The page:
Interview with Buddy Guy (1997)

Blues legend Buddy Guy wasn’t born with a guitar in his hands–but it didn’t take him long to rectify that unfortunate situation.

“I was trying to make a guitar before I knew what a guitar was”, Guy tells me by phone from Toronto. “I was stretching rubber bands, screen wire fences, taking wire off my mother’s window in Louisiana, trying to make a guitar out of this wire . . . then I’d pick it twice and it’d break. So when I finally got a chance to see a real guitar, man, that was it, I just went crazy on it, and I learned to play that guitar just for the love of the music.”

The love of the music now has Guy touring in support of his latest album, Live! The Real Deal; he’ll stop at the Starlite Music Theatre’s Blues Festival next Thursday, along with blues breathren John Mayall, Ernie Williams and Tammy Fletcher. The Real Deal was recorded with support from piano titan Johnnie Johnson and G.E. Smith’s Saturday Night Live Band, so I ask Guy if he’ll have these high profile sessioneers with him when he hits the Starlite next week.

“No”, Guy answers, “I got myself my own big band after working with G.E. and the Saturday Night Live band, ’cause playing with a band like that keeps me on track. When I’m just playing with my rhythm section I tend to go a little crazy . . . but when I play with a big band they put it all where it’s supposed to be and I don’t miss licks like when I’m playing with just a rhythm section and everyone has to stand their own ground. So far it’s all been pretty good; they’re all a bunch of young men and they’re having the fun of their lives . . . so hopefully they’ll get a break and someday you’ll be talking to one of them.”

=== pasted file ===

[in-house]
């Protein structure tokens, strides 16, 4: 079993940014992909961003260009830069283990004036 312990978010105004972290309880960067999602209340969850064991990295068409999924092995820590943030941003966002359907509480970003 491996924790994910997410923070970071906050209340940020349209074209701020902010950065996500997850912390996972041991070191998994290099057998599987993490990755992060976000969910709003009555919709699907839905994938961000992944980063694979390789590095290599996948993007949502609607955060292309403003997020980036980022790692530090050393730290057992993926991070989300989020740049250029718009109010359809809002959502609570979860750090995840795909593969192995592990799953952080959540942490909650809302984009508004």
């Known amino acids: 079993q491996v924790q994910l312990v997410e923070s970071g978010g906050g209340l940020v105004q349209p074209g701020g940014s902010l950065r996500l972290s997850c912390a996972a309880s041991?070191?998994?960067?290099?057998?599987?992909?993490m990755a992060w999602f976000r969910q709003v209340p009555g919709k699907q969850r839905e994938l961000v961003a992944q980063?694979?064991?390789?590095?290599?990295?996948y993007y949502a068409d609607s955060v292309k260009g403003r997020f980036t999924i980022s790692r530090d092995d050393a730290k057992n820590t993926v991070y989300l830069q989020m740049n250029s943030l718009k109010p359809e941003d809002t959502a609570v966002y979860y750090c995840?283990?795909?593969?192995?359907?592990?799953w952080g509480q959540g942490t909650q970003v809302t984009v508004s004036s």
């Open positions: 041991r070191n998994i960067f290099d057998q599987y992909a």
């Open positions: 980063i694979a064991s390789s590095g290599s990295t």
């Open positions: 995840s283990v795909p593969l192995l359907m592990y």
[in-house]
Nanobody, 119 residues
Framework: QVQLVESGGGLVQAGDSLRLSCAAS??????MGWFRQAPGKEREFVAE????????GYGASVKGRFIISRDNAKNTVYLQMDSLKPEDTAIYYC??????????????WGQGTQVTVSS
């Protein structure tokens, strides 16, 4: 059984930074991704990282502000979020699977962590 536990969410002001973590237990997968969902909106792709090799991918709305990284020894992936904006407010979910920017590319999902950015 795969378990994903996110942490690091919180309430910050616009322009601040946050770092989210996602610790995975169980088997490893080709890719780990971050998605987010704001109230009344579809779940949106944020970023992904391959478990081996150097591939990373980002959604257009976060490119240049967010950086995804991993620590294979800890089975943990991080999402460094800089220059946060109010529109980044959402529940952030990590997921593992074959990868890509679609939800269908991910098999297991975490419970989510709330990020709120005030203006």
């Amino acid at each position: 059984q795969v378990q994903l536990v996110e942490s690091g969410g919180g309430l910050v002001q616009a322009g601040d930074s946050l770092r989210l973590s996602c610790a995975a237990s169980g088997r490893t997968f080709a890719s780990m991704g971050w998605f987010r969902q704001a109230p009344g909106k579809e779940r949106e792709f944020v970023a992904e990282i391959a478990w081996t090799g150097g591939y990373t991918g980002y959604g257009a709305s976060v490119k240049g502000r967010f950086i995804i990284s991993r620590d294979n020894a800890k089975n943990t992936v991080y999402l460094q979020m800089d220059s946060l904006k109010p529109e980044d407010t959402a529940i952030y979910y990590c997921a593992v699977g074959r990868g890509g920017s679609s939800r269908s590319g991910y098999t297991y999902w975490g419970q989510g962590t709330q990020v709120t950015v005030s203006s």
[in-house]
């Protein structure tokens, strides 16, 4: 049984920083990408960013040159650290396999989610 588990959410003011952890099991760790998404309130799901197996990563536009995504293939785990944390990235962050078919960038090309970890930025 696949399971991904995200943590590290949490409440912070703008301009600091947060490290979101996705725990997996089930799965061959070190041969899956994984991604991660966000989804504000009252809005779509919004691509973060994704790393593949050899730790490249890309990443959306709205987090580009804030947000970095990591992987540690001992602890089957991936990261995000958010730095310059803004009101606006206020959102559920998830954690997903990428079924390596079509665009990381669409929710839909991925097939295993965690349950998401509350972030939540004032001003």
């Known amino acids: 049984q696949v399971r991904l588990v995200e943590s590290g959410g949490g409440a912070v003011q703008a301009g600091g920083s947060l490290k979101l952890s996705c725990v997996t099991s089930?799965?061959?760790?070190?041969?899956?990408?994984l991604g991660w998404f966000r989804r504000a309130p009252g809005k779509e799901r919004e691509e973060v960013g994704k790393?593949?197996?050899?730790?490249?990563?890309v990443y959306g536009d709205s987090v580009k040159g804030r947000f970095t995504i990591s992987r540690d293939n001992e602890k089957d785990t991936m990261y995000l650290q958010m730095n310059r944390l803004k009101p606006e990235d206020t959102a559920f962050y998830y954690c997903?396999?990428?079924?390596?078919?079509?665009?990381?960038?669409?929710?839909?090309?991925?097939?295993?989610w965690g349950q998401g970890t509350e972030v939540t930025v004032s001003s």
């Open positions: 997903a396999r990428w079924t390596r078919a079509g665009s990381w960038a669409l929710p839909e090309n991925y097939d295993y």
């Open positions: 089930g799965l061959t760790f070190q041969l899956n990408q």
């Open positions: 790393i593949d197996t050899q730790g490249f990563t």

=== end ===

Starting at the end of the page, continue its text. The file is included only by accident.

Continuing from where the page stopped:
Guy’s altruistic sense of artistic patronage stems from his own early experiences: “I just went out into the streets and I met Muddy [Waters] and [Howlin’] Wolf and them and they saw me play, and then first chance I got to play with them I got over in the corner and I said ‘You tell me what to do and I’ll do it!’ A lot of other guitar players much better than me got a chance to play with Muddy and them and they wanted to blow ’em off the stage. I just said ‘I don’t ever want to get in your way, I just want to step back and learn how I should play the guitar.'”

Learn he did. Guy followed his blues muses to Chicago where, through the ’60s, he became one of Chess Records’ most sought-after session men, heavily influencing a growing legion of (largely John Mayall-tutored) British blues guitarists: Peter Green, as an example, brought Fleetwood Mac to Chicago in 1969 to jam with Guy, Otis Spann and other Chess regulars. (Fleetwood Mac: Live in Chicago gets re-released every few years under slightly different titles; it’s a joyous, sloppy, wonderfully guitar-heavy record.) Guy never stopped playing and singing the blues–but as his one-time disciples and pupils grew in stature, Chess Records folded and the master faded from the record-buying public’s view.

“I missed so many years of recording cause no one thought I had anything to offer,” Guy reminisces. “Now, any chance I get to go into the studio and put something down, I can’t say no ’cause I lost almost fifteen years doing no recording at all . . . after Chess left there was no session work to be done. I’d go to wherever I was invited and just try to play my best to let people know that I was still in love with the music and that, regardless of what was happening to me, I wasn’t thinking about quitting.”